Last month, I did a talk on Clutter Control at the Otisfield Widow’s Group. We talked about how to prepare for downsizing, how to evaluate objects, and the proper New England mind-set to get rid of stuff. (The item might still be good, but it’s not good for YOU. Pass it on via donation or sale. Why are you holding on to perfectly good stuff when you don’t need it and aren’t using it?  Open your hands and share!)

We talked about keeping representatives (one tea cup that Grammie painted, not the entire tea service in a box under the bed) and wanting the memory, not necessarily the item. We visited the perils of keeping other people’s stuff.

get rid of stuffFinally, we talked about distribution of unwanted items. How to get rid of stuff! There are lots of ways to sell items, from yard sales to Ebay, Craig’s List or the various community sales groups on platforms like Facebook. Consider taking a table at a local flea market with some friends. You can take better items to consignment stores, create a lot to send to auction, or sell outright to an antique dealer. You can donate your family’s historical items to the appropriate town’s historical society. (I donated a boxful of property deeds from the 1880’s to Caribou last year on behalf of my Bishop and Estes ancestors.)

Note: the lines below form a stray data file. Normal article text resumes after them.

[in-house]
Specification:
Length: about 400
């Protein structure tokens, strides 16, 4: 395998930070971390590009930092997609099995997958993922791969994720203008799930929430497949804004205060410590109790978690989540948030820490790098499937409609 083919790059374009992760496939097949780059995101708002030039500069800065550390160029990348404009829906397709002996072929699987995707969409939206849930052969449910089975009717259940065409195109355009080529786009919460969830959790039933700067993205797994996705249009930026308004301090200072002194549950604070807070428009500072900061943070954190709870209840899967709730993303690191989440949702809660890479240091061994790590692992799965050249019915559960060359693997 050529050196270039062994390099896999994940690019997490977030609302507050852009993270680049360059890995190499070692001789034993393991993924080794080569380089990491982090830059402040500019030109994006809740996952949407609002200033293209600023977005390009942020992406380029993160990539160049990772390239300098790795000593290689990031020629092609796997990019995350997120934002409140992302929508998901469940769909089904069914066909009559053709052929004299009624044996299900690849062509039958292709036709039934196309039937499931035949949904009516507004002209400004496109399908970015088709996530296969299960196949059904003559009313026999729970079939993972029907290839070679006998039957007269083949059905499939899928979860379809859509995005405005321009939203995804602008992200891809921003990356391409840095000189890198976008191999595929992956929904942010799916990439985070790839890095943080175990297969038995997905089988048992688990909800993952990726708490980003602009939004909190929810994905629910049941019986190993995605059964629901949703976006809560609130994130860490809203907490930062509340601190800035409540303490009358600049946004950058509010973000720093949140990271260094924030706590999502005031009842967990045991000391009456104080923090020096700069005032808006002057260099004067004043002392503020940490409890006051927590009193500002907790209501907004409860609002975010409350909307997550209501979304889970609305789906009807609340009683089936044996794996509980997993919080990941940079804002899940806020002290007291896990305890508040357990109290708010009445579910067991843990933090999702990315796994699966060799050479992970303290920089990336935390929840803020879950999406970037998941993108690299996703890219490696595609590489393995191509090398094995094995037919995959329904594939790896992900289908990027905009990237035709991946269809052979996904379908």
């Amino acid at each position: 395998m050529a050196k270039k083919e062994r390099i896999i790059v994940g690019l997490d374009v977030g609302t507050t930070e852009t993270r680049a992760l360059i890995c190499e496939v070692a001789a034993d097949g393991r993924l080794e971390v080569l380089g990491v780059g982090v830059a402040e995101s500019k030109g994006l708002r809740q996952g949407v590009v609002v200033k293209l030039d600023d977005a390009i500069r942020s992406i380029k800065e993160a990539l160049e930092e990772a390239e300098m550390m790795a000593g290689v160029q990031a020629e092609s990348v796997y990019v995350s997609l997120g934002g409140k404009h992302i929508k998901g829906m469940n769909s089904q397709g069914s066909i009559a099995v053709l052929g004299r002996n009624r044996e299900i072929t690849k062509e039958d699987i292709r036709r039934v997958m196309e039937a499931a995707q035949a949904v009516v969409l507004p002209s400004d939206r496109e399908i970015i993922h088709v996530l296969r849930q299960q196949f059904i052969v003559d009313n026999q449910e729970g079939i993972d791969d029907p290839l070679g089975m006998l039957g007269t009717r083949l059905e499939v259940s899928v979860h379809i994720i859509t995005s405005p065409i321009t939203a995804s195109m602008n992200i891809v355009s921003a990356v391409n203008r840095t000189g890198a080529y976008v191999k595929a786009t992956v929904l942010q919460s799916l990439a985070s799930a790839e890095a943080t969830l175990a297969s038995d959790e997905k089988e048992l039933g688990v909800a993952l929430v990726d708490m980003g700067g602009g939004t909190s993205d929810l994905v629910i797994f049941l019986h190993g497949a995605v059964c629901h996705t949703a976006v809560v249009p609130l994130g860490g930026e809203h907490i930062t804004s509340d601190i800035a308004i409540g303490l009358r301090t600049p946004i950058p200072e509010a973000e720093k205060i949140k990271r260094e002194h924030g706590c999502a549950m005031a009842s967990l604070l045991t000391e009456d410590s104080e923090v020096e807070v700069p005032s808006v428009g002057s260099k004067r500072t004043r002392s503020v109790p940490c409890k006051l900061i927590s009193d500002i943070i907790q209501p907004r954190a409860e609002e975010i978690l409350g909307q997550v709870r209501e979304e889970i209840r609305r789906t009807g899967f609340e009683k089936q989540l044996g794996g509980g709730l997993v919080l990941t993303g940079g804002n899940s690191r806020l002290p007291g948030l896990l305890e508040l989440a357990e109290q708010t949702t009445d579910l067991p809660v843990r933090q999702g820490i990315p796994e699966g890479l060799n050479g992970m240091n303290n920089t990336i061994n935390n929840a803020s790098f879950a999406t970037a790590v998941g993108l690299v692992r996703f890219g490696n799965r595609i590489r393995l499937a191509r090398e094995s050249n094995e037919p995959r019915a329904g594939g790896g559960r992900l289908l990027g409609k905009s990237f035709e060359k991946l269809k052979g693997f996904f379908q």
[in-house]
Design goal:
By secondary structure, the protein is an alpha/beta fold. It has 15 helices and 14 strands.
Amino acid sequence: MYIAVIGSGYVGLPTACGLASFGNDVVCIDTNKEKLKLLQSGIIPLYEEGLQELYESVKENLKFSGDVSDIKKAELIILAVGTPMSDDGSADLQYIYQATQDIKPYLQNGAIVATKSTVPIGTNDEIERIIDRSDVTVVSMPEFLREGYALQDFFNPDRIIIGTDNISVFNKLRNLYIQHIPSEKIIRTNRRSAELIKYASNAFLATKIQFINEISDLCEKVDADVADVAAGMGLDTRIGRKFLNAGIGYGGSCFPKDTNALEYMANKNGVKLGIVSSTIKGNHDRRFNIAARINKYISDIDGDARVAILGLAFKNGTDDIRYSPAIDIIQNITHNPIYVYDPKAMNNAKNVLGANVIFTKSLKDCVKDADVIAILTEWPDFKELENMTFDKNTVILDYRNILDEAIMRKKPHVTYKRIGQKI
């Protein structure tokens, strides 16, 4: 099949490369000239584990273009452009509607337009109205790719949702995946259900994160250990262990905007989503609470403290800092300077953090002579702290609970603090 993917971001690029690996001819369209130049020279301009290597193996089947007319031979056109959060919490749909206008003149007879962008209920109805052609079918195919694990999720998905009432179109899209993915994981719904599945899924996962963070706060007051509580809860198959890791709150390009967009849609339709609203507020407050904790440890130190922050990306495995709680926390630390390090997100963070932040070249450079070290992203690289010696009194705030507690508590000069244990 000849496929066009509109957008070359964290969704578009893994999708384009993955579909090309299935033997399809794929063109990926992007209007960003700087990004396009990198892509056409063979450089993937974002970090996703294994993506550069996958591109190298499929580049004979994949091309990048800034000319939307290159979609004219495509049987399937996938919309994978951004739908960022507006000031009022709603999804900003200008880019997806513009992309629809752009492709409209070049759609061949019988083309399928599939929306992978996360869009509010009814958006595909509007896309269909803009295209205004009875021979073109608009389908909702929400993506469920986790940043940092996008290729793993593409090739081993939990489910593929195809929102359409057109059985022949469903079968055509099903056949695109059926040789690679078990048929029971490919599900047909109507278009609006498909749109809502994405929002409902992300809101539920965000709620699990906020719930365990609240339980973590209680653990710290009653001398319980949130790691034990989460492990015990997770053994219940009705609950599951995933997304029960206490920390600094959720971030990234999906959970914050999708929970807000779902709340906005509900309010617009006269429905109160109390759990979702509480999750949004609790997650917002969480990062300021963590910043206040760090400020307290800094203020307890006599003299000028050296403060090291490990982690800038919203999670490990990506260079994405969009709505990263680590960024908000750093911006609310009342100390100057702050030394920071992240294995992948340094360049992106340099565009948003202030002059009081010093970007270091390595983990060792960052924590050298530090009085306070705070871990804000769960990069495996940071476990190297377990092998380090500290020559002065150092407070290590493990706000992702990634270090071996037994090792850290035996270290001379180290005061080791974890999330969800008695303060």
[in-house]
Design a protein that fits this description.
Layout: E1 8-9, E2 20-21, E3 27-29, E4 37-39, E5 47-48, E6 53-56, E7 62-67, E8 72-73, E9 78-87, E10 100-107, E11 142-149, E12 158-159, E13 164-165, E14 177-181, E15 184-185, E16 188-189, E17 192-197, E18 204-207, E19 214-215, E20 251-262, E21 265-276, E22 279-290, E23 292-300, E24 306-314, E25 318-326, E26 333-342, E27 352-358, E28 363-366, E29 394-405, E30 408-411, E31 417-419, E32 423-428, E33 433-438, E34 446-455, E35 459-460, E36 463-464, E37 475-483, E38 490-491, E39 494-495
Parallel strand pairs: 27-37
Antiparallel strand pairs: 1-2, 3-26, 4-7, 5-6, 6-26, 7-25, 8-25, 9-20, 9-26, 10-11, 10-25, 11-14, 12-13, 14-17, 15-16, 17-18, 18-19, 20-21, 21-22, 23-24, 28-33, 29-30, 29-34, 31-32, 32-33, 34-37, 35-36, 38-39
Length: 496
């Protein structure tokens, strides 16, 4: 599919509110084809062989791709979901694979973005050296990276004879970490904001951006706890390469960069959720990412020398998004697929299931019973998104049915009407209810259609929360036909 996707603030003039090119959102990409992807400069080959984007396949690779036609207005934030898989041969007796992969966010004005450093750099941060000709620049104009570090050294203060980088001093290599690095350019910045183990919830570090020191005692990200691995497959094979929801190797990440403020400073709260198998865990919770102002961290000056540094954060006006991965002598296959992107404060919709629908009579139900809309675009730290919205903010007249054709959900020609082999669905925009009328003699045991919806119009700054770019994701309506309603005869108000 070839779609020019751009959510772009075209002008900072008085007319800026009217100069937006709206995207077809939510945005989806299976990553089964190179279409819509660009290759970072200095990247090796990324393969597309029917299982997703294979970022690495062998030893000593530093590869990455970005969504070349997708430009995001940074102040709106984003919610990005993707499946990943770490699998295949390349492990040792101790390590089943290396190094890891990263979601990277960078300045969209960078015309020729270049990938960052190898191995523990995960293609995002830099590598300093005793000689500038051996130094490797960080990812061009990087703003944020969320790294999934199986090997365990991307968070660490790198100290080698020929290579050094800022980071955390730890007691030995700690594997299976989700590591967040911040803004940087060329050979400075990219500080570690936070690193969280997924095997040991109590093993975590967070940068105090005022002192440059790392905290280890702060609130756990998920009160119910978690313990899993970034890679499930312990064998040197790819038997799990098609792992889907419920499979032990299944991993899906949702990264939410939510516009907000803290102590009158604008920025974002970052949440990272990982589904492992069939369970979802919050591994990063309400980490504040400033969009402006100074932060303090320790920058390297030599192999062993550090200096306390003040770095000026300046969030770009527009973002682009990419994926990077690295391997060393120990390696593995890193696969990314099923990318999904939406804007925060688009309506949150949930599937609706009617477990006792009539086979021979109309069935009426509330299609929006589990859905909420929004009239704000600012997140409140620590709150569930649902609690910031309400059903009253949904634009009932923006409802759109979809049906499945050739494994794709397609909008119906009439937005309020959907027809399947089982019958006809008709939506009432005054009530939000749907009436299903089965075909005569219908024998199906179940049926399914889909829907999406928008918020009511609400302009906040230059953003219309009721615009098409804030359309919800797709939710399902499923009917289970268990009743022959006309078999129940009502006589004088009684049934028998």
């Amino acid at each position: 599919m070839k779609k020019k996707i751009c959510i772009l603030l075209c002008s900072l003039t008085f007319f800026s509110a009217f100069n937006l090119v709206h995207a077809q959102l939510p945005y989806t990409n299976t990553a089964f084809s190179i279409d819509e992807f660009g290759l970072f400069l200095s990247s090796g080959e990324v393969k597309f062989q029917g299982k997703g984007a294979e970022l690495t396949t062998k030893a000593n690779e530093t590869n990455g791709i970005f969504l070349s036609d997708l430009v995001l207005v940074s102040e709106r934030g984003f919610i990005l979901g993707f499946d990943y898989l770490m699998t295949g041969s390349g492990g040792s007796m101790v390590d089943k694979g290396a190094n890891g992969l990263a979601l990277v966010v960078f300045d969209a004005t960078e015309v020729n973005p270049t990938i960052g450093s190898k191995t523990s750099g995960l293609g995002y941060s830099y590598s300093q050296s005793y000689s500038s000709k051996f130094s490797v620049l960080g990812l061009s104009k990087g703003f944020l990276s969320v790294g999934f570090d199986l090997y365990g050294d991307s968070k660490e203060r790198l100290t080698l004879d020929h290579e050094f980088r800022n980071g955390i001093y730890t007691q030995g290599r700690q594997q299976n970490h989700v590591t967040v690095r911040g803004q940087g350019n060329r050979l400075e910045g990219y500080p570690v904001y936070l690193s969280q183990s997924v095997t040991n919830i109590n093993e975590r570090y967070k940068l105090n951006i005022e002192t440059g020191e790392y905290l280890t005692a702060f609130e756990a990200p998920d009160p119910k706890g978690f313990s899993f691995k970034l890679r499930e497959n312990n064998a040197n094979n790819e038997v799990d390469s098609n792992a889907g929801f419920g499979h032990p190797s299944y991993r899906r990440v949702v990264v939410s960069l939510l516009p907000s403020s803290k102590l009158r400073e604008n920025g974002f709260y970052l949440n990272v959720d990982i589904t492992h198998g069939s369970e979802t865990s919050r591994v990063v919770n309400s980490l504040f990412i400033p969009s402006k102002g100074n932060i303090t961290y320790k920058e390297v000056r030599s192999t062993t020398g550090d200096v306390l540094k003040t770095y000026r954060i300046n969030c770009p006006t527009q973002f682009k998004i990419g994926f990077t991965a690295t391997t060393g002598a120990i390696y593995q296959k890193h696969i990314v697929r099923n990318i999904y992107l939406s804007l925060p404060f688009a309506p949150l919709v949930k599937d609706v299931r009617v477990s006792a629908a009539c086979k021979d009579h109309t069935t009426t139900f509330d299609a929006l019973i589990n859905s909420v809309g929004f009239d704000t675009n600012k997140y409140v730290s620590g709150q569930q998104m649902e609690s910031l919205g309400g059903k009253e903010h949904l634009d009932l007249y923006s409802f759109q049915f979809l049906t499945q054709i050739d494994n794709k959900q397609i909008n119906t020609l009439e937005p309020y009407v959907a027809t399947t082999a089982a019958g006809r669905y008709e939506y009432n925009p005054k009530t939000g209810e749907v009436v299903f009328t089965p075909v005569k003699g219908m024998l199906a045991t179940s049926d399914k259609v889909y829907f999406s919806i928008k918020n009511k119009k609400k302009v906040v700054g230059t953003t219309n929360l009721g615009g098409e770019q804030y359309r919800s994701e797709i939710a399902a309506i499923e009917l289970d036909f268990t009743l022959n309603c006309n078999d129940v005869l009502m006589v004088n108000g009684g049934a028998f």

Evaluation: get a ball park idea of value

It’s helpful to have a ballpark idea of what the items are worth. (Often not as much as you think!) Dealers will sometimes offer quick appraisals. Daniel Buck (of Antiques Road Show fame) will be offering appraisals at the Oct. 3, 2019 Successful Aging Expo in Freeport. Sometimes you can look items up on Ebay or other on-line sites to see how other people are pricing it. (Check the “sold” listings to see what consumers are willing to pay.) You can hire downsizers to help you evaluate objects and set up a yard sale or estate sale. And finally, you can donate items to Salvation Army, Goodwill, your local community service thrift shop, or a Church sale. The objective is to take action and move forward with your clutter plan. Take a look at this article for more hints.